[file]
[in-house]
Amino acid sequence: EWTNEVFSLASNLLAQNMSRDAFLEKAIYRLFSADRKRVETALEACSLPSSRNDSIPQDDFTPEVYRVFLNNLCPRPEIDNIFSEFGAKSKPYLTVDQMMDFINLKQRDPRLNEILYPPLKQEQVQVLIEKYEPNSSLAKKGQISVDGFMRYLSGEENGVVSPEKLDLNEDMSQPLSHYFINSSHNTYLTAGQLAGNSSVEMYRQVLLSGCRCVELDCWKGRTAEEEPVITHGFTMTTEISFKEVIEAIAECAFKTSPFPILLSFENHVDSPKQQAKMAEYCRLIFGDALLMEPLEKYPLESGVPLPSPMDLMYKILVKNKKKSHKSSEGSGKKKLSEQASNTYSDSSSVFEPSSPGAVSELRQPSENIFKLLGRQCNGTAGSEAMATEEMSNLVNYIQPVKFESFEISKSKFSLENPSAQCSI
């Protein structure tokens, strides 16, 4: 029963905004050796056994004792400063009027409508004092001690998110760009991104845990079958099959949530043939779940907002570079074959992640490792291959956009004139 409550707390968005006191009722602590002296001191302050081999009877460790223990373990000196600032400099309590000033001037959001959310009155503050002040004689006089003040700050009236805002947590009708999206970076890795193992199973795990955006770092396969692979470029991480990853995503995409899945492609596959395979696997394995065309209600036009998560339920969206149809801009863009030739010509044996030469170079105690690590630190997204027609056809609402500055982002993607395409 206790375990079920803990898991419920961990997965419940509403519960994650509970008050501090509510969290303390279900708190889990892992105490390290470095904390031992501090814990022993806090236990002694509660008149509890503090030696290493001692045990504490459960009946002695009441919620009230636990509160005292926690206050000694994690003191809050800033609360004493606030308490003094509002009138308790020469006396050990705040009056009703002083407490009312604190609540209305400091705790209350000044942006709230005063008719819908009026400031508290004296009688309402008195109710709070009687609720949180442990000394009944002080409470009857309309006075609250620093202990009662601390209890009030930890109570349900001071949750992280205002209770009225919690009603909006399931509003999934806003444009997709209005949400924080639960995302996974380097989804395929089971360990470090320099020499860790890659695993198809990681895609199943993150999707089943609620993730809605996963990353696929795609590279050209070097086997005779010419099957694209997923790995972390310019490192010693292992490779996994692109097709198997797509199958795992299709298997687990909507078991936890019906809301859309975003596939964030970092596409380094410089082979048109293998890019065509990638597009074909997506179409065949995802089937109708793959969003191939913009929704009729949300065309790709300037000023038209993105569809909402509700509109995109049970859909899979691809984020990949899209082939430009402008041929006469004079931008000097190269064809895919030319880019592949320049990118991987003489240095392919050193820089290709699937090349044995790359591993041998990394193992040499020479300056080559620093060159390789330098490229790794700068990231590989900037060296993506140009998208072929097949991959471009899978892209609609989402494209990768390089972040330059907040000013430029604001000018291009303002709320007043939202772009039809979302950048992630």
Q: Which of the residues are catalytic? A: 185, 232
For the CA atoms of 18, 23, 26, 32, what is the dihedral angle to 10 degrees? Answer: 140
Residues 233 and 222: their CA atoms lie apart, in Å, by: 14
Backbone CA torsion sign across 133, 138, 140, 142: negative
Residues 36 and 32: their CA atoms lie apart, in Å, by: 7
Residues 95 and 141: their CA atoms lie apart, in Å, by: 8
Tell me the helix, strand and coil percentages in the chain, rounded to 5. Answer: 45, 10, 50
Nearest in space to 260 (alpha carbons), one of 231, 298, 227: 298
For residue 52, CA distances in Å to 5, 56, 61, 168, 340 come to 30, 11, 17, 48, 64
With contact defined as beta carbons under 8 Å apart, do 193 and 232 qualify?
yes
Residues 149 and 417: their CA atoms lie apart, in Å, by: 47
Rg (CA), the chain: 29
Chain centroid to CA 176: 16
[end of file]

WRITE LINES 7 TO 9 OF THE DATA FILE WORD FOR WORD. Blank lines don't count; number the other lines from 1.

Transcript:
Backbone CA torsion sign across 133, 138, 140, 142: negative
Residues 36 and 32: their CA atoms lie apart, in Å, by: 7
Residues 95 and 141: their CA atoms lie apart, in Å, by: 8